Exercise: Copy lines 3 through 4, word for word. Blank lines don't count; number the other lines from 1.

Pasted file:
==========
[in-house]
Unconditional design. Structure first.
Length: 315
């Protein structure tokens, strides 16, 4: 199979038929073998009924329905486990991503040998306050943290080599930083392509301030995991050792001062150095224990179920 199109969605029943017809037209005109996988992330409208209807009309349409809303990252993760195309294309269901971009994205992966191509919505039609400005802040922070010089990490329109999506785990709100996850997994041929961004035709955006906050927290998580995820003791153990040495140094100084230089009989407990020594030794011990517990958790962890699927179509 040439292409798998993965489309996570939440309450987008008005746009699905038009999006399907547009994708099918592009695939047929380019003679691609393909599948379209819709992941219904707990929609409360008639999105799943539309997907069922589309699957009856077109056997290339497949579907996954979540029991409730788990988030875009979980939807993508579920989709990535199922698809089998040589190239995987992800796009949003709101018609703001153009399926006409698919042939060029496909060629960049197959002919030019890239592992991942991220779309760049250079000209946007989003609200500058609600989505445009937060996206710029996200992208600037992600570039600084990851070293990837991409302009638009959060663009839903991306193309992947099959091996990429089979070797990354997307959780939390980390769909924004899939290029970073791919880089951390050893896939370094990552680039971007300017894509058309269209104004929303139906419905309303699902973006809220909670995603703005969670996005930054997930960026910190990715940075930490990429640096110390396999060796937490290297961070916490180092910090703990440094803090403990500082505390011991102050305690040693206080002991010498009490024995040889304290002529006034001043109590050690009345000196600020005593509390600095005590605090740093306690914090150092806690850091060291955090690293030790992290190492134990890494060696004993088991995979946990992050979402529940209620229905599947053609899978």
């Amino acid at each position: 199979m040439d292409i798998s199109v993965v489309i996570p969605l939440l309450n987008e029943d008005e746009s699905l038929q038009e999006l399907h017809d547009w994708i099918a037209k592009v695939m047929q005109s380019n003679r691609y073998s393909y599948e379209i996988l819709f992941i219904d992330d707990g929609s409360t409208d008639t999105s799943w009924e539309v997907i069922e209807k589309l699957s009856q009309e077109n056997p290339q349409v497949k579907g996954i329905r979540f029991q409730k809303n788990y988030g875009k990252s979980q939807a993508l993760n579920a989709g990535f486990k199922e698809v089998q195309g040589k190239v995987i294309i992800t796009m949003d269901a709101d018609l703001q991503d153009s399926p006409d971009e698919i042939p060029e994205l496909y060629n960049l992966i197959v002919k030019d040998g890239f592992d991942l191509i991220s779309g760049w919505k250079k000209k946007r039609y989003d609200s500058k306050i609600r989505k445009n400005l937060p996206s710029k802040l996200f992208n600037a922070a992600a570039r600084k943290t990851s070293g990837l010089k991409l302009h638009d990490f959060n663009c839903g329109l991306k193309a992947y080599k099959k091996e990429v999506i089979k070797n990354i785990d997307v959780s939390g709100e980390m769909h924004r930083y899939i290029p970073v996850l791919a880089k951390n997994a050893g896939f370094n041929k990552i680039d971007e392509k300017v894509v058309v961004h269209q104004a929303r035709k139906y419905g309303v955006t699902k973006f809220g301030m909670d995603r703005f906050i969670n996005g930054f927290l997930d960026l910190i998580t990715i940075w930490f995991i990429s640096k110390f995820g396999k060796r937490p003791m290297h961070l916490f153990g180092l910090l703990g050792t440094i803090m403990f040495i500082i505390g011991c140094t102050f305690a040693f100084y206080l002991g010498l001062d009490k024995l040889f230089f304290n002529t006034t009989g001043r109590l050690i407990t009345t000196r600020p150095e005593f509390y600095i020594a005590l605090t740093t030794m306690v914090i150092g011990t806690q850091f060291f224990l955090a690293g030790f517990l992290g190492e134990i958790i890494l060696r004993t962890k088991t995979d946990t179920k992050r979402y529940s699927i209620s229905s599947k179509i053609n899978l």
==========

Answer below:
Length: 315
């Protein structure tokens, strides 16, 4: 199979038929073998009924329905486990991503040998306050943290080599930083392509301030995991050792001062150095224990179920 199109969605029943017809037209005109996988992330409208209807009309349409809303990252993760195309294309269901971009994205992966191509919505039609400005802040922070010089990490329109999506785990709100996850997994041929961004035709955006906050927290998580995820003791153990040495140094100084230089009989407990020594030794011990517990958790962890699927179509 040439292409798998993965489309996570939440309450987008008005746009699905038009999006399907547009994708099918592009695939047929380019003679691609393909599948379209819709992941219904707990929609409360008639999105799943539309997907069922589309699957009856077109056997290339497949579907996954979540029991409730788990988030875009979980939807993508579920989709990535199922698809089998040589190239995987992800796009949003709101018609703001153009399926006409698919042939060029496909060629960049197959002919030019890239592992991942991220779309760049250079000209946007989003609200500058609600989505445009937060996206710029996200992208600037992600570039600084990851070293990837991409302009638009959060663009839903991306193309992947099959091996990429089979070797990354997307959780939390980390769909924004899939290029970073791919880089951390050893896939370094990552680039971007300017894509058309269209104004929303139906419905309303699902973006809220909670995603703005969670996005930054997930960026910190990715940075930490990429640096110390396999060796937490290297961070916490180092910090703990440094803090403990500082505390011991102050305690040693206080002991010498009490024995040889304290002529006034001043109590050690009345000196600020005593509390600095005590605090740093306690914090150092806690850091060291955090690293030790992290190492134990890494060696004993088991995979946990992050979402529940209620229905599947053609899978």